From Liberal Democracy To Authoritarian State: A Tale Of Constitutional Evolution In Sri Lanka And Possible Lessons For Nepal
From Liberal Democracy to Authoritarian State: A Tale of Constitutional Evolution in Sri Lanka and Possible Lessons for Nepal
In 1948, Sri Lanka achieved independence from Britain with a liberal Westminster-style constitution firmly in place. Sixty-one years and two more constitutions later, Sri Lanka, despite a strong tradition of democratic participation in government going back to 1931, has evolved into a strongly authoritarian state with most of the institutions it had inherited at independence, including an independent public service, an independent judiciary, a free media and a professional police force, in disarray. Parliament itself had become a shadow of its former self, wielding little power. An all-powerful presidency had emerged as the strongest institution of the state and a source of authoritarian rule that has stifled the country’s democratic freedoms.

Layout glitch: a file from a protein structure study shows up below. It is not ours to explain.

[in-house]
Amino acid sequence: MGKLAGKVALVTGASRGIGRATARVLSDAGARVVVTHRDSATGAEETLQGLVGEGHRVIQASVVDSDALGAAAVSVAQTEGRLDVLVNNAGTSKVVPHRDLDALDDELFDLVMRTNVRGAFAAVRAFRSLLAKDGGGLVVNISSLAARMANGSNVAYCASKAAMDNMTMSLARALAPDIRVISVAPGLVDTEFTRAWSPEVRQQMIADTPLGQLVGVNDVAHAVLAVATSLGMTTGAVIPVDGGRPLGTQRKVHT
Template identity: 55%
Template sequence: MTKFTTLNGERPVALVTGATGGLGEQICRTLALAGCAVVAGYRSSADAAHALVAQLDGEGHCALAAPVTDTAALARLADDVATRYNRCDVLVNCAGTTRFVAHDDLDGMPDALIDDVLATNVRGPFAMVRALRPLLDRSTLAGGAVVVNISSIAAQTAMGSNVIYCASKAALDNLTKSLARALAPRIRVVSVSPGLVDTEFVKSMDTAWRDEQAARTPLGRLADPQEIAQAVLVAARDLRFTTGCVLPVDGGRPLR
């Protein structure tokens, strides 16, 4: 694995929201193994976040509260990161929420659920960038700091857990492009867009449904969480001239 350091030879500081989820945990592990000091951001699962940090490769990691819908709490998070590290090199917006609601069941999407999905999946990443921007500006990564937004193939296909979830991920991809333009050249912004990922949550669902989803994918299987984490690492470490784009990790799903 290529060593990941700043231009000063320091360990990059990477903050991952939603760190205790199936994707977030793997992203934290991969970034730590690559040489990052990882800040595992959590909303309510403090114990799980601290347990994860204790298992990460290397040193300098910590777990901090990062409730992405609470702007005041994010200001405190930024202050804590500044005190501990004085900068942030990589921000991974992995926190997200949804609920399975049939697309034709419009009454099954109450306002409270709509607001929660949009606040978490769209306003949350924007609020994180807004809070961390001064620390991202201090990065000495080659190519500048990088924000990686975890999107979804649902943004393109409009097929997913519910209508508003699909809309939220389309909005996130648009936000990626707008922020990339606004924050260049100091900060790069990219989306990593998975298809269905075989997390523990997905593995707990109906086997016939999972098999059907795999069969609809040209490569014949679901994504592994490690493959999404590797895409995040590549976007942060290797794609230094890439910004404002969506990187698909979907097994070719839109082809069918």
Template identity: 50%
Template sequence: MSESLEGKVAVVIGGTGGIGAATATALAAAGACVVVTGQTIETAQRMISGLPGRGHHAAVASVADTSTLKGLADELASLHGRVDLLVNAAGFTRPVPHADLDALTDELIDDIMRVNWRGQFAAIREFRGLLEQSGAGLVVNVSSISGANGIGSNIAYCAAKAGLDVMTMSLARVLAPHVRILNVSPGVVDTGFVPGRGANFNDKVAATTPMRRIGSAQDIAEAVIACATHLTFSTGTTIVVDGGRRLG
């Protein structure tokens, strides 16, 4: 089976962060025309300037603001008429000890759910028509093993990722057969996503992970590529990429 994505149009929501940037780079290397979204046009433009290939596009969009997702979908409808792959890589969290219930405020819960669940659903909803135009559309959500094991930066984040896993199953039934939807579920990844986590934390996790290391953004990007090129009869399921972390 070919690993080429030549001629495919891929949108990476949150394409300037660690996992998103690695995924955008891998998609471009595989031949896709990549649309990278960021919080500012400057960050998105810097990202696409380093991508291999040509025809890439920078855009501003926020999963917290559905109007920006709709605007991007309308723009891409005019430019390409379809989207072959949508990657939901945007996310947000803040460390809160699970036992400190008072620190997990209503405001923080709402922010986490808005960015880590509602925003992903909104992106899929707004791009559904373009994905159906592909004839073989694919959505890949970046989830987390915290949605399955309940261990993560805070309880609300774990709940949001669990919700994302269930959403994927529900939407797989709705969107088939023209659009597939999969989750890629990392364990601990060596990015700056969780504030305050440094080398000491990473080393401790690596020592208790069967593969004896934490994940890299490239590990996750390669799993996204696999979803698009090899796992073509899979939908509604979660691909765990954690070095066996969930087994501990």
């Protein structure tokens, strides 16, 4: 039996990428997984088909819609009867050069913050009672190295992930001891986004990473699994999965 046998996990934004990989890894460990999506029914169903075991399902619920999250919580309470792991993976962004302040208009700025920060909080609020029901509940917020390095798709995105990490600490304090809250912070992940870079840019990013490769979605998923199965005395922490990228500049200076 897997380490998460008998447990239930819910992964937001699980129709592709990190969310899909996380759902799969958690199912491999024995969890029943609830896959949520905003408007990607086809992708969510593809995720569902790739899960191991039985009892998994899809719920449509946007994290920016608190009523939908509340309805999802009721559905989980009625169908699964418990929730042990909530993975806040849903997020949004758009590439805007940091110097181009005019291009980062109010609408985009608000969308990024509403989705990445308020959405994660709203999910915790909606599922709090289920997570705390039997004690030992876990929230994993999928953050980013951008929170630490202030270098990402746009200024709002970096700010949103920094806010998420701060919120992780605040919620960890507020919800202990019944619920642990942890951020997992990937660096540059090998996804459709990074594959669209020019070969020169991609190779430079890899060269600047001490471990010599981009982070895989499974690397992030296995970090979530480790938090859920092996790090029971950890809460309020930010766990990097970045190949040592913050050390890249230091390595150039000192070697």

The lecture aims to trace the constitutional evolution that has brought Sri Lanka to its present crisis of governmentality, discussing the extra-constitutional factors that have aggravated this situation and examining the reasons why the situation probably cannot be changed. It will deal each of Sri Lanka’s three constitutions in turn and the social forces behind them, and then, at the end, try to see what, if any, of this means for constitution-making in Nepal.
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Arjun Guneratne teaches Anthropology at Macalester College, Saint Paul, Minnesota. He has been researching in Nepal since 1989 and has authored a number of articles and books, including Many Tongues,One People: The Making of Tharu Identity in Nepal (2002) and Culture and the Environment in the Himalaya (2009). He is also the editor of Himalaya, the Journal of the Association for Nepal and Himalayan Studies (ANHS). Among his current research interests is the emergence of an environmental movement in Sri Lanka, its roots in the period of British colonialism, and the way Sri Lankan environmentalism has been shaped by contemporary globalising processes.